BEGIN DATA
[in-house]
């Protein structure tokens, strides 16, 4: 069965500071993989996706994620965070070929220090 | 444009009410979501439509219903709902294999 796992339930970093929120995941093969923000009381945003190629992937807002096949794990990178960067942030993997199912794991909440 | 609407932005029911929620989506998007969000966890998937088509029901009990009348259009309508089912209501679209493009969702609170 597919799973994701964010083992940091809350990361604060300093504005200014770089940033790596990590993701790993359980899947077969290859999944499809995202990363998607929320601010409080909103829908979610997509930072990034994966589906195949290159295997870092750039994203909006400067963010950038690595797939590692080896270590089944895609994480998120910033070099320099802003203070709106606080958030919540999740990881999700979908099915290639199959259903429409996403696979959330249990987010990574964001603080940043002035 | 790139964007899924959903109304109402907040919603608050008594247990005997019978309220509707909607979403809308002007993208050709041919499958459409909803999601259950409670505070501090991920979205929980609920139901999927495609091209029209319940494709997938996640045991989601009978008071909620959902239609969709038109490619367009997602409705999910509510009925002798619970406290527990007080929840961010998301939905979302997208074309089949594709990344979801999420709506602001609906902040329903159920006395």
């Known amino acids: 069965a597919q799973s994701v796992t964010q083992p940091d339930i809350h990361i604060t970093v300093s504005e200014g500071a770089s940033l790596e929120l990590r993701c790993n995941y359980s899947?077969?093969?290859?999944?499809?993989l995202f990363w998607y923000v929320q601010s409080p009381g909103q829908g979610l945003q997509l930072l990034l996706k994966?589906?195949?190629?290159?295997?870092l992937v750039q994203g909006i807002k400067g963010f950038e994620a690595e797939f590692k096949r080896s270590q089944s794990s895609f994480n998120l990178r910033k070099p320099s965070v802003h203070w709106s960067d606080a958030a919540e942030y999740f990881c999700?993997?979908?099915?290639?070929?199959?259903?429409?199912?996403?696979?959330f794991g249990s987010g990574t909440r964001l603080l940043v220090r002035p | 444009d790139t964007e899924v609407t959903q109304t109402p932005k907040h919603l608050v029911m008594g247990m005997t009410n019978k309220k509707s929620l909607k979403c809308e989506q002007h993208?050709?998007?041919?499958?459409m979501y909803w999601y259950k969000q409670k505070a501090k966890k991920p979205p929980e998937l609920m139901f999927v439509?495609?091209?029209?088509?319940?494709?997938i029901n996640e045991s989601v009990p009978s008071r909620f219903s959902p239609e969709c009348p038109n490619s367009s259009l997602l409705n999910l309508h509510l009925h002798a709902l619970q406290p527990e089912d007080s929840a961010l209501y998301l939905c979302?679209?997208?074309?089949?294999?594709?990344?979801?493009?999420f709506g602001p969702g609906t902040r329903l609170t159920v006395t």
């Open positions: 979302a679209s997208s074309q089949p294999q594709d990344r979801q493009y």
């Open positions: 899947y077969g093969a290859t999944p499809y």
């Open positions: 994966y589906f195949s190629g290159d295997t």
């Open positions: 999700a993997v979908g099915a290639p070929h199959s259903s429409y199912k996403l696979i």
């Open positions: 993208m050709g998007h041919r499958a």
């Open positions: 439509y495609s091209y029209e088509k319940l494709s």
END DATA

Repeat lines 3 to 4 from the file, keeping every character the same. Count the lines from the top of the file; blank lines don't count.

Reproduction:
């Known amino acids: 069965a597919q799973s994701v796992t964010q083992p940091d339930i809350h990361i604060t970093v300093s504005e200014g500071a770089s940033l790596e929120l990590r993701c790993n995941y359980s899947?077969?093969?290859?999944?499809?993989l995202f990363w998607y923000v929320q601010s409080p009381g909103q829908g979610l945003q997509l930072l990034l996706k994966?589906?195949?190629?290159?295997?870092l992937v750039q994203g909006i807002k400067g963010f950038e994620a690595e797939f590692k096949r080896s270590q089944s794990s895609f994480n998120l990178r910033k070099p320099s965070v802003h203070w709106s960067d606080a958030a919540e942030y999740f990881c999700?993997?979908?099915?290639?070929?199959?259903?429409?199912?996403?696979?959330f794991g249990s987010g990574t909440r964001l603080l940043v220090r002035p | 444009d790139t964007e899924v609407t959903q109304t109402p932005k907040h919603l608050v029911m008594g247990m005997t009410n019978k309220k509707s929620l909607k979403c809308e989506q002007h993208?050709?998007?041919?499958?459409m979501y909803w999601y259950k969000q409670k505070a501090k966890k991920p979205p929980e998937l609920m139901f999927v439509?495609?091209?029209?088509?319940?494709?997938i029901n996640e045991s989601v009990p009978s008071r909620f219903s959902p239609e969709c009348p038109n490619s367009s259009l997602l409705n999910l309508h509510l009925h002798a709902l619970q406290p527990e089912d007080s929840a961010l209501y998301l939905c979302?679209?997208?074309?089949?294999?594709?990344?979801?493009?999420f709506g602001p969702g609906t902040r329903l609170t159920v006395t």
């Open positions: 979302a679209s997208s074309q089949p294999q594709d990344r979801q493009y």